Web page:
Delivering the need for speed

By SUN XIAOCHEN | China Daily | Updated: 2021-04-12 09:52
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The newly built National Speed Skating Oval played host to local athletes last week as part of the 10-day 'Experience Beijing' ice sports test program-a series of events designed to prepare venues for next year's Winter Olympics. WEI XIAOHAO/CHINA DAILY

Conditions at Beijing's new custom-built skating oval conducive to world-record times at Winter Games

Optimizing state-of-the-art technology and international expertise, Beijing 2022 organizers are defying the geographical odds to produce the fastest possible ice at the National Speed Skating Oval.

Located in downtown Beijing, where the altitude is close to sea level, the venue passed its first official test program with flying colors last week, when a series of personal bests by Chinese skaters showed the ice is approaching the level usually found on high-altitude tracks.

The results have given Canadian ice-making expert Mark Messer and his team confidence that more records can fall at next year's Olympics.

"I don't see any reason why this can't be one of the fastest ovals in the world ... but we just need to find the right parameters to make that happen," said Messer, who was hired by Beijing 2022 to prepare the ice for the long-track discipline at his sixth Winter Games.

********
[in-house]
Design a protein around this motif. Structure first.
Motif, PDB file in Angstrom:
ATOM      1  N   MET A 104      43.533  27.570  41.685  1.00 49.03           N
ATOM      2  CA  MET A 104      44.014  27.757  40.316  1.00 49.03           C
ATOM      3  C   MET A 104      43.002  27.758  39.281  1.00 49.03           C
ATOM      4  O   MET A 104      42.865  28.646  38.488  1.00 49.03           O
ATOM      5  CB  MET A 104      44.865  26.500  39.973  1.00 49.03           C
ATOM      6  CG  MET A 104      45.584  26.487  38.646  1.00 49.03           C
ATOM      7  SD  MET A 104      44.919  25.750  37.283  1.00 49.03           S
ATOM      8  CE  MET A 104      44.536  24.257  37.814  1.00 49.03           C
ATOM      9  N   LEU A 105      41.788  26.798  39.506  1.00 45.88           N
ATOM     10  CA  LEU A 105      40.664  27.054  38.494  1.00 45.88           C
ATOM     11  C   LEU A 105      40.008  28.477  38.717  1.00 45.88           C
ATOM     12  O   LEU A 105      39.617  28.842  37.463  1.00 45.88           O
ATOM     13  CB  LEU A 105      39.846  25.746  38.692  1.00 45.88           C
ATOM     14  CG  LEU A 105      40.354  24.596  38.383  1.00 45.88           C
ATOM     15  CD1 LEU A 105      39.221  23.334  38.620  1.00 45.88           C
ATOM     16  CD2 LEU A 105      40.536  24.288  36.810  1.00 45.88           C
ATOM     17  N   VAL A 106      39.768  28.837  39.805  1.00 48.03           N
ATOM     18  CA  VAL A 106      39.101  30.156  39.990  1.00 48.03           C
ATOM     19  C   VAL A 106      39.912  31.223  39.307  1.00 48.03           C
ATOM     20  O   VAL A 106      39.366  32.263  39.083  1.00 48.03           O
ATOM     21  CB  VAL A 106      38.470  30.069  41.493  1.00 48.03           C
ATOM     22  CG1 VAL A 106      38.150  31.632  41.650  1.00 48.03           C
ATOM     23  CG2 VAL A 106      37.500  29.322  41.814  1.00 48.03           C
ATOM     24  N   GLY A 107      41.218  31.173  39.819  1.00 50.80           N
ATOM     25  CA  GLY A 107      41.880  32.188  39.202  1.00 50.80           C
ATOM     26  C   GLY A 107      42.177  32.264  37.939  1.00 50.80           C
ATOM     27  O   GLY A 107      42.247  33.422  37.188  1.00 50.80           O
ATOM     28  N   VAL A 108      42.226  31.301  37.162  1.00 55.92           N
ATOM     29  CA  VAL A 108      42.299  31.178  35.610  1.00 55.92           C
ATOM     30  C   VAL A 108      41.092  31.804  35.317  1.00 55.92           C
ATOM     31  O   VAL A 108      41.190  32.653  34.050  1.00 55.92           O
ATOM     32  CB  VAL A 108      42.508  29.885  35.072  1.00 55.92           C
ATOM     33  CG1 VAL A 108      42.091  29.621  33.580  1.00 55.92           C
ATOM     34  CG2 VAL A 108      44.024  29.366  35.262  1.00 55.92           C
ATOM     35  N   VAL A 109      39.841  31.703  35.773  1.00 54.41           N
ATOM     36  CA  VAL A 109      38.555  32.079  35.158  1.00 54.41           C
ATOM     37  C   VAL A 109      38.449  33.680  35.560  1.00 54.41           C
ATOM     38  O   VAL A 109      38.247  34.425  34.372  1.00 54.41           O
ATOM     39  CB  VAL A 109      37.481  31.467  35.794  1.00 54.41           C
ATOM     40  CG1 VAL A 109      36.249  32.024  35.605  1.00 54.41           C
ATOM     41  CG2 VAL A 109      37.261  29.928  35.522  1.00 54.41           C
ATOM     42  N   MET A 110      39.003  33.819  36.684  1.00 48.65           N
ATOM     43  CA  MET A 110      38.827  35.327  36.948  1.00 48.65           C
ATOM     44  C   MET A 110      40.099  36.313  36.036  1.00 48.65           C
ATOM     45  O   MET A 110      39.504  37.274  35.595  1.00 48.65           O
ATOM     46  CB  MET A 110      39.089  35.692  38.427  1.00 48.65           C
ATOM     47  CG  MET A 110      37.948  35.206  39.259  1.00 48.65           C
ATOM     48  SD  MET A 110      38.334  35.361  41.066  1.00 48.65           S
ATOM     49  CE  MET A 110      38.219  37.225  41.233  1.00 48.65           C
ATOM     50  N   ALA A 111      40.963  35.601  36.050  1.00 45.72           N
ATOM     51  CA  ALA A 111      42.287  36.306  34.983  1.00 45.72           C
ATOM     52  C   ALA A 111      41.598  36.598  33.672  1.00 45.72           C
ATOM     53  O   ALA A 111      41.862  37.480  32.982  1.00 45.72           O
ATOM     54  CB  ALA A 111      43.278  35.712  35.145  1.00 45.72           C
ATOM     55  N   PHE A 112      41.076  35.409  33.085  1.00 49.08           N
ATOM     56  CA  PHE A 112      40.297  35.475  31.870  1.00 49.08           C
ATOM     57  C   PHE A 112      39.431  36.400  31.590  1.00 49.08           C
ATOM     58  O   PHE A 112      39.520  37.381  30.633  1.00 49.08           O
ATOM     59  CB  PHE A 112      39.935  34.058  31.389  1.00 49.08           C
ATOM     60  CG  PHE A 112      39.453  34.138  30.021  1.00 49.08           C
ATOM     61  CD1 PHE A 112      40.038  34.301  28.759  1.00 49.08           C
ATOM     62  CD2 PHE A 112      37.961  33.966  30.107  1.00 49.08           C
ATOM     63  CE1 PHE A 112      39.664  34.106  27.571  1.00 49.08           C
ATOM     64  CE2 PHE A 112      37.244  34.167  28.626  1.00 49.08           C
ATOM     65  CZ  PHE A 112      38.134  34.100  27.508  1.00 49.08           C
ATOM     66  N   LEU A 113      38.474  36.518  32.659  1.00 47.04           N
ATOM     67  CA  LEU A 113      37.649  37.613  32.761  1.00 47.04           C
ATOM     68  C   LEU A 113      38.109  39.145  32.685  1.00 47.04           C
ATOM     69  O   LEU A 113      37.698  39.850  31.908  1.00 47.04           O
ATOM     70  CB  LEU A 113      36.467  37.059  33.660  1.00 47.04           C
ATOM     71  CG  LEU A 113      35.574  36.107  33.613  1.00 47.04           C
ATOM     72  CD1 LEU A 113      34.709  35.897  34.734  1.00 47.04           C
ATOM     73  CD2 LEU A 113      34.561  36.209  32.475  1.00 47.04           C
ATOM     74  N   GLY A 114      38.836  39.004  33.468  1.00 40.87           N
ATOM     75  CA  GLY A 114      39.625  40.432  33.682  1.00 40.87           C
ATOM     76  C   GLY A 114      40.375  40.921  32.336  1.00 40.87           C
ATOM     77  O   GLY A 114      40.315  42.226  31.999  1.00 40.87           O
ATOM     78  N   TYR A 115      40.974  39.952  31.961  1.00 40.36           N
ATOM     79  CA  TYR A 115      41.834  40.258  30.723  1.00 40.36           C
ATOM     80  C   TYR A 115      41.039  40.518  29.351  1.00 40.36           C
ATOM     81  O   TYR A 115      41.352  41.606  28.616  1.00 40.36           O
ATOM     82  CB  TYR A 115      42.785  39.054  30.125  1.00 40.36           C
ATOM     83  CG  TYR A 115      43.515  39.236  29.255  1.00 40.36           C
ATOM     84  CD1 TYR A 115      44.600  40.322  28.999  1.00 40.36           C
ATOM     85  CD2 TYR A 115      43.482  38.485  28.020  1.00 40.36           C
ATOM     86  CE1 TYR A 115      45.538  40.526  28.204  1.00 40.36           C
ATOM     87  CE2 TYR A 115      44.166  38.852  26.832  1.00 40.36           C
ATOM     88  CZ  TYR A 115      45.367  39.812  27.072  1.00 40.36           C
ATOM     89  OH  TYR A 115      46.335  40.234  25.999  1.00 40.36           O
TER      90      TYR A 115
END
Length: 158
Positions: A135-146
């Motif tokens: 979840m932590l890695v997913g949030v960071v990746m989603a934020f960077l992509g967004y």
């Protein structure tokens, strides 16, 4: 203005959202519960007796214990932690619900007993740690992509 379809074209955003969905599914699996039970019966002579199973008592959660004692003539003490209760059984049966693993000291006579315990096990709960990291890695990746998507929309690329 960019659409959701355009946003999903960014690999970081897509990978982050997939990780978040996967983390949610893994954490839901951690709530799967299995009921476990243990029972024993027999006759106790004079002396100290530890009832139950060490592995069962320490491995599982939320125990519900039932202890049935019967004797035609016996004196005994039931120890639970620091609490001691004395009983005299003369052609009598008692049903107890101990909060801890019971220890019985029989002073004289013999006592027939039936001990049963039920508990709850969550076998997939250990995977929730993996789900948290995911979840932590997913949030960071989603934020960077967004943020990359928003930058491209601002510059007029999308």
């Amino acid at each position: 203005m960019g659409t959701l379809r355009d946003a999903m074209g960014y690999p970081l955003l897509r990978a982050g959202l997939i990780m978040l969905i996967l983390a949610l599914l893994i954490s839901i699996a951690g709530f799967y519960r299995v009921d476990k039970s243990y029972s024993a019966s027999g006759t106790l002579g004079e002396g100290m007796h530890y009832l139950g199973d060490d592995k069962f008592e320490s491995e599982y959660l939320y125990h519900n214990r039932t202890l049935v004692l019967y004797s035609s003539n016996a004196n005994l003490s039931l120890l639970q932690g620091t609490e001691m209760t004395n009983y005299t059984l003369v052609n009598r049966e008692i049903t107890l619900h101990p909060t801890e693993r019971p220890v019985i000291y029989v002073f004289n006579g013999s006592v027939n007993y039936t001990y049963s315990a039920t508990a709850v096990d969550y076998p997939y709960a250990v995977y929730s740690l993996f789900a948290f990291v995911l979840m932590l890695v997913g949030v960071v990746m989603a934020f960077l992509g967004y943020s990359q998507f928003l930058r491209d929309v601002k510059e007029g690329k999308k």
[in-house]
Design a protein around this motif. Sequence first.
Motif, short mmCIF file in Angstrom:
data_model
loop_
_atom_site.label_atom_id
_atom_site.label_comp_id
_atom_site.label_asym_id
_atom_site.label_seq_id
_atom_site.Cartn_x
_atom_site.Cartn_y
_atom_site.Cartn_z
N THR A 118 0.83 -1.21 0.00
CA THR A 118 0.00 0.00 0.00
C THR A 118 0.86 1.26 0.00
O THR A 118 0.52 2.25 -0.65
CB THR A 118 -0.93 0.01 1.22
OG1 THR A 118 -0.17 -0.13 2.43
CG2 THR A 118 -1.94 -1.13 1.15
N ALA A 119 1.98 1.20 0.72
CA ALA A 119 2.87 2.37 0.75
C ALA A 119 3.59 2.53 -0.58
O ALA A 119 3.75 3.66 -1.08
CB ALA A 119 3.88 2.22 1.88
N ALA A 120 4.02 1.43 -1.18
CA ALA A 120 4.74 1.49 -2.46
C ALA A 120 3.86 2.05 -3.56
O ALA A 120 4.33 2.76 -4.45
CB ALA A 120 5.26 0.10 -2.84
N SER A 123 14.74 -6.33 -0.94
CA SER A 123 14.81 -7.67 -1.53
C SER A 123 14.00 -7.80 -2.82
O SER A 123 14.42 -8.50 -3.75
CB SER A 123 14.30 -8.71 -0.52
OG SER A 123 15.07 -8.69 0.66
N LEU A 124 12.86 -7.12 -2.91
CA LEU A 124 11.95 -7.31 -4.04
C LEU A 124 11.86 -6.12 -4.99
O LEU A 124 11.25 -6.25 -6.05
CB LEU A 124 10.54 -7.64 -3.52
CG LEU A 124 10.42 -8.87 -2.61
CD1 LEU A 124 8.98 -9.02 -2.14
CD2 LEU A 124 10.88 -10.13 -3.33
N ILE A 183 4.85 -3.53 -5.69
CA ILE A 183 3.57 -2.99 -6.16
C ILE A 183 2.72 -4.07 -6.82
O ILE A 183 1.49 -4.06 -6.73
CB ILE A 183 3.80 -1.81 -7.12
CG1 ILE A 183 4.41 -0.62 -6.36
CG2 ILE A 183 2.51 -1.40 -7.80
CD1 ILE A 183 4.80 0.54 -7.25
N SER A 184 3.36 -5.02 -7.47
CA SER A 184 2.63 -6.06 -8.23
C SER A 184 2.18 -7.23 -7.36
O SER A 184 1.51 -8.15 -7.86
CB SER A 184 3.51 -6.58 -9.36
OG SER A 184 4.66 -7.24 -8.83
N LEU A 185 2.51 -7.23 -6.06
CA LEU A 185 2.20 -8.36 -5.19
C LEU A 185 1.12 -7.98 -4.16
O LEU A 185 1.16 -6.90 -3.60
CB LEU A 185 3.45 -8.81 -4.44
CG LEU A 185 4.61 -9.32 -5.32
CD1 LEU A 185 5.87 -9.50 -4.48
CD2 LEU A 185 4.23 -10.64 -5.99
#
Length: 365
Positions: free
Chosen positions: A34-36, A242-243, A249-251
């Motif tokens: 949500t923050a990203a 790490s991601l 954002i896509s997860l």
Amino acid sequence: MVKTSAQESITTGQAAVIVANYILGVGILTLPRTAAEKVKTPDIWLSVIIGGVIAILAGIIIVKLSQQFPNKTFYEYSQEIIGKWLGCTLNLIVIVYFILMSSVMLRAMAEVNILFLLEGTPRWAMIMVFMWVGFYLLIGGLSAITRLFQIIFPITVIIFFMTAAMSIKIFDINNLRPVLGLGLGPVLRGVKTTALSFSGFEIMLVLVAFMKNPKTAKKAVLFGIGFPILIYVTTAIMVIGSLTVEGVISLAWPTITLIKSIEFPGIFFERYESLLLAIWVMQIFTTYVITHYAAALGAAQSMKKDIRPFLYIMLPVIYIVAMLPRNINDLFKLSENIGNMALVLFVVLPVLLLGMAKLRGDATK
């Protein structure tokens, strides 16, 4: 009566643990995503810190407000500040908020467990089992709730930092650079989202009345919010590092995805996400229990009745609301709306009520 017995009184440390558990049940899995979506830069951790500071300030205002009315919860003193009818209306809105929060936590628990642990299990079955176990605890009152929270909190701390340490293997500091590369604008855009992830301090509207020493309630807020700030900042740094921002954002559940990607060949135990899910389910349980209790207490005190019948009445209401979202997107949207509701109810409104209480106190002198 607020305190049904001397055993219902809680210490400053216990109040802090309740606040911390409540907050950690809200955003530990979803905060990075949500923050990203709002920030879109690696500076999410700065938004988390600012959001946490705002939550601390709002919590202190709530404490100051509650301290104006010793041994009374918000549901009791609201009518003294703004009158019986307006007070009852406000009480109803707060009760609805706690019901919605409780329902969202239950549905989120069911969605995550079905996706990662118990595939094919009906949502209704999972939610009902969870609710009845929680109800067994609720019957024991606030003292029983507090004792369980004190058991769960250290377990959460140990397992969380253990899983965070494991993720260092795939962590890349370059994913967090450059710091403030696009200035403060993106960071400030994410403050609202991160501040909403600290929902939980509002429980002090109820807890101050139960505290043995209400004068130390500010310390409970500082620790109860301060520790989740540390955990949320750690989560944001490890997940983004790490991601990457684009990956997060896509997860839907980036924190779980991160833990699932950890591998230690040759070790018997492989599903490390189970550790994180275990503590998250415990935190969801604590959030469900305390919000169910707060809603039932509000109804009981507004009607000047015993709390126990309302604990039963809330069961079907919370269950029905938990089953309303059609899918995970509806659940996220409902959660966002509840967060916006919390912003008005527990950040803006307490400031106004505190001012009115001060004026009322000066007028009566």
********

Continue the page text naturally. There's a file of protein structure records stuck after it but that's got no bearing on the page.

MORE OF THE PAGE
Long-track skaters commonly break records on high-altitude tracks, where thinner air-compared to the denser atmosphere in flat areas-can give athletes that vital one-hundredth-of-a-second edge in pursuit of glory. Fifteen of the 16 current world speed skating records were set at two highland venues in Salt Lake City, United States and Calgary, Canada-both situated over 1,100 meters above sea level.

Messer and his Chinese colleagues, however, are refusing to rule Beijing's newly built Olympic oval out of the world-record equation.

"There are so many different factors you have to control to get the best. We've gone to other lowland ovals that were very fast," Messer said, whose team prepared the low-lying rink for the 2018 Winter Games in South Korea, where five Olympic records were renewed.

"We are very close to breaking world records at sea level, which is not very common. So I see no reason why we shouldn't be able to set those standards here."

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